Genomic library – collection of DNA fragments more or less representative of all DNA in genome Genetic Probe – single stranded DNA or RNA that is radioactively labeled and can attach to target sequence by base pairing rules

15 – Then we would synthesize this probe
A probe can be synthesized that is complementary to the gene of interest For example, if the desired gene is – Then we would synthesize this probe 5 G G C T A A C T T A G C 3 3 C C G A T T G A A T C G 5

16 DNA Probe

17 Using a DNA probe

18 Polymerase Chain Reaction (PCR)
Can amplify a small sample of DNA quickly DNA replication in vitro 2 strands separated by heating so special heat-resistant DNA polymerase called Taq polymerase used (thermophile) MAJOR BONUS: Only specific sequences can be replicated Study: crime scenes, archaeological remains

19 PCR

20 Gel Electrophoresis Separates fragments like DNA, RNA or polypeptides (they carry charge and can migrate in an electrical field RNA and DNA (-) --- so they move to (+) pole Smaller fragments go further Compare sample to standard Usually “blot” - transfer DNA from gel to nitrocellulose filter for further analysis DNA Fingerprinting

21 Gel Electrophoresis

22 Mixture of DNA mol- ecules of different sizes
Fig. 20-9a TECHNIQUE Power source Mixture of DNA mol- ecules of different sizes Cathode Anode + Gel 1 Power source Figure 20.9 Gel electrophoresis + Longer molecules 2 Shorter molecules

23 Fig. 20-9b RESULTS Figure 20.9 Gel electrophoresis




27 DNA Fingerprint

28 Transgenic Organisms Plants and animals in which foreign genes have been incorporated Animals Inject DNA into nucleus of egg or stem cell Eggs implanted in uterus; stem cells injected into blastocysts + then implanted into foster mother Plants Disease resistance Pesticide resistance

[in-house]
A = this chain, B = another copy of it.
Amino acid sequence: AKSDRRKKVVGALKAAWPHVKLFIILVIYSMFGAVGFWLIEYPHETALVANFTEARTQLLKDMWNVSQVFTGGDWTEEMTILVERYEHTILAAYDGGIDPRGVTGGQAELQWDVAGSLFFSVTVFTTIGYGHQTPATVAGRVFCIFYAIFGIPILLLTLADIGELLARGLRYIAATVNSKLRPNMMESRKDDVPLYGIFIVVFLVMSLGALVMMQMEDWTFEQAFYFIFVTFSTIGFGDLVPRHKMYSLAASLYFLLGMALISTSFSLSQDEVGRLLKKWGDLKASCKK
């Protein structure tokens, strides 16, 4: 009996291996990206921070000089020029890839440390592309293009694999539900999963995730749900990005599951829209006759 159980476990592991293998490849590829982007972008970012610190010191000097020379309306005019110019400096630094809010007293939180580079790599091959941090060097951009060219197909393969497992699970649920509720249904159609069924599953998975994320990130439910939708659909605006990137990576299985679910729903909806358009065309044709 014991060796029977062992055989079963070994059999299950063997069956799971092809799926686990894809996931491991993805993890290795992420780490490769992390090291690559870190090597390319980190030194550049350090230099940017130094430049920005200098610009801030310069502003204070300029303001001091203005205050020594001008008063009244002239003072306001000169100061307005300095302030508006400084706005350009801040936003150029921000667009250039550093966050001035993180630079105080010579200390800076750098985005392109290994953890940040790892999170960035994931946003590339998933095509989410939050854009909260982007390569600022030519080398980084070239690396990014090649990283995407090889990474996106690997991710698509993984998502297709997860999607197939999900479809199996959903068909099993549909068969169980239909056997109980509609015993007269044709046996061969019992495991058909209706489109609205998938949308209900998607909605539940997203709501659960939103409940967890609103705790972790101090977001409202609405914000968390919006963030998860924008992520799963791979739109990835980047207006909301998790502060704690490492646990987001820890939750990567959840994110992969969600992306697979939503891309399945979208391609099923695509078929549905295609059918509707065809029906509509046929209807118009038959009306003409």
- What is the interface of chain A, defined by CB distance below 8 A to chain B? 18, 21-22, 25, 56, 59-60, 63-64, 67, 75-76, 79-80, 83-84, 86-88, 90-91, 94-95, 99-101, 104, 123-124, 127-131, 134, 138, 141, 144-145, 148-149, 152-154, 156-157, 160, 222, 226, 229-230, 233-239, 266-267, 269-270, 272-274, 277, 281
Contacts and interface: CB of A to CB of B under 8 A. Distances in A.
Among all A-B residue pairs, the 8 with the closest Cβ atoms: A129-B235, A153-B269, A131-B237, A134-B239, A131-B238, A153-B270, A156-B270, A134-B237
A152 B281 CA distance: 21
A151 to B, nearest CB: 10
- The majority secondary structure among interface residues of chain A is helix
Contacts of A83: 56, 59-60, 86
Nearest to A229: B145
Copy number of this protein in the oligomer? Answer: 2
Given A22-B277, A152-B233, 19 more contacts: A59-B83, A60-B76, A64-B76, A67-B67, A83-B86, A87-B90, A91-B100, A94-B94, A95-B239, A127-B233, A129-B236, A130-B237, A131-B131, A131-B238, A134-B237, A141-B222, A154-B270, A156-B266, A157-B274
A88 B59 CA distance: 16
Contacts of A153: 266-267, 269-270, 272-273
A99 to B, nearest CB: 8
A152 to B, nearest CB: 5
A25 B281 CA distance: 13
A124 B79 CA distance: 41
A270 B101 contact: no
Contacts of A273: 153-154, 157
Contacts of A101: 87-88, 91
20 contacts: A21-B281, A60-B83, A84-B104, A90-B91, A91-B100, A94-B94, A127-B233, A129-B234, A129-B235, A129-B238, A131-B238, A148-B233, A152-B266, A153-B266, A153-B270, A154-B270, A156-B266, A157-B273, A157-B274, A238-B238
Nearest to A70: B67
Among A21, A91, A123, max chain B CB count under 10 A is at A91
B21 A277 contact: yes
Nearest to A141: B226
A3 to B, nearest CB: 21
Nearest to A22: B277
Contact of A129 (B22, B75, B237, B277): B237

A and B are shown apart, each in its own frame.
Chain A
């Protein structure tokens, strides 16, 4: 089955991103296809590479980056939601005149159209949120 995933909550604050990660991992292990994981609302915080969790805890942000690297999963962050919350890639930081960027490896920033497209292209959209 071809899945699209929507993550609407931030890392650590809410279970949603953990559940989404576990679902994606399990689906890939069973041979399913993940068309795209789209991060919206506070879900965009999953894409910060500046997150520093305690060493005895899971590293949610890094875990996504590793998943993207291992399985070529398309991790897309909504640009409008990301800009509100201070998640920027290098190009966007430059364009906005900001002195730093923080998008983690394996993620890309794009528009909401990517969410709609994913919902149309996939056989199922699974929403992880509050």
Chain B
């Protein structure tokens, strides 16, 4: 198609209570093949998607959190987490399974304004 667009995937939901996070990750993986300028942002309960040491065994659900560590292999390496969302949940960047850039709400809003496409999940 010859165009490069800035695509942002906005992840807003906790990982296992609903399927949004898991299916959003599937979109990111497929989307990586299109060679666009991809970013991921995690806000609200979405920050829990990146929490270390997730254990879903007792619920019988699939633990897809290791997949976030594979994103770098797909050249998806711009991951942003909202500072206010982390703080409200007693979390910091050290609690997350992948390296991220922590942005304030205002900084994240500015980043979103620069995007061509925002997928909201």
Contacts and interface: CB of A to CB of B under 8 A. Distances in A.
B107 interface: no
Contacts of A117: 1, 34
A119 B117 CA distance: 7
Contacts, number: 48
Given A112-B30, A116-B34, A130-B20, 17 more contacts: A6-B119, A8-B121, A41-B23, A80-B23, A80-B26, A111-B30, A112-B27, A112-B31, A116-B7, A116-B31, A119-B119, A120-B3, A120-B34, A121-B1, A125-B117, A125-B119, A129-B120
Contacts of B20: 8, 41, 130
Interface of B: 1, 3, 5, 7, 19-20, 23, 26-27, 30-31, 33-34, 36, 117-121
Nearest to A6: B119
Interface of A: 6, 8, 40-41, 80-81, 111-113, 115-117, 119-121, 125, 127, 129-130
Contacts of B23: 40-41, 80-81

29 Transgenics

30 From bone marrow in this example
Fig Embryonic stem cells Adult stem cells Early human embryo at blastocyst stage (mammalian equiva- lent of blastula) From bone marrow in this example Cells generating all embryonic cell types Cells generating some cell types Cultured stem cells Different culture conditions Figure Working with stem cells Different types of differentiated cells Liver cells Nerve cells Blood cells

31 TECHNIQUE RESULTS Mammary cell donor Egg cell donor
Fig TECHNIQUE Mammary cell donor Egg cell donor 1 2 Egg cell from ovary Nucleus removed Cultured mammary cells 3 Cells fused 3 Nucleus from mammary cell 4 Grown in culture Early embryo Figure Reproductive cloning of a mammal by nuclear transplantation For the Discovery Video Cloning, go to Animation and Video Files. 5 Implanted in uterus of a third sheep Surrogate mother 6 Embryonic development Lamb (“Dolly”) genetically identical to mammary cell donor RESULTS

32 Fig Figure CC, the first cloned cat, and her single parent

33 Cloning Video

34 GE Plants

35 Application of GE Human proteins Human treatments for disease Vaccines
Insulin Hormones - HGH Human treatments for disease Multiple sclerosis, certain cancers, heart attacks, forms of anemia Vaccines

36 Fig Figure Goats as “pharm” animals

37 Fig (a) This photo shows Earl Washington just before his release in 2001, after 17 years in prison. Source of sample STR marker 1 STR marker 2 STR marker 3 Figure STR analysis used to release an innocent man from prison For the Discovery Video DNA Forensics, go to Animation and Video Files. Semen on victim 17, 19 13, 16 12, 12 Earl Washington 16, 18 14, 15 11, 12 Kenneth Tinsley 17, 19 13, 16 12, 12 (b) These and other STR data exonerated Washington and led Tinsley to plead guilty to the murder.

38 Forensics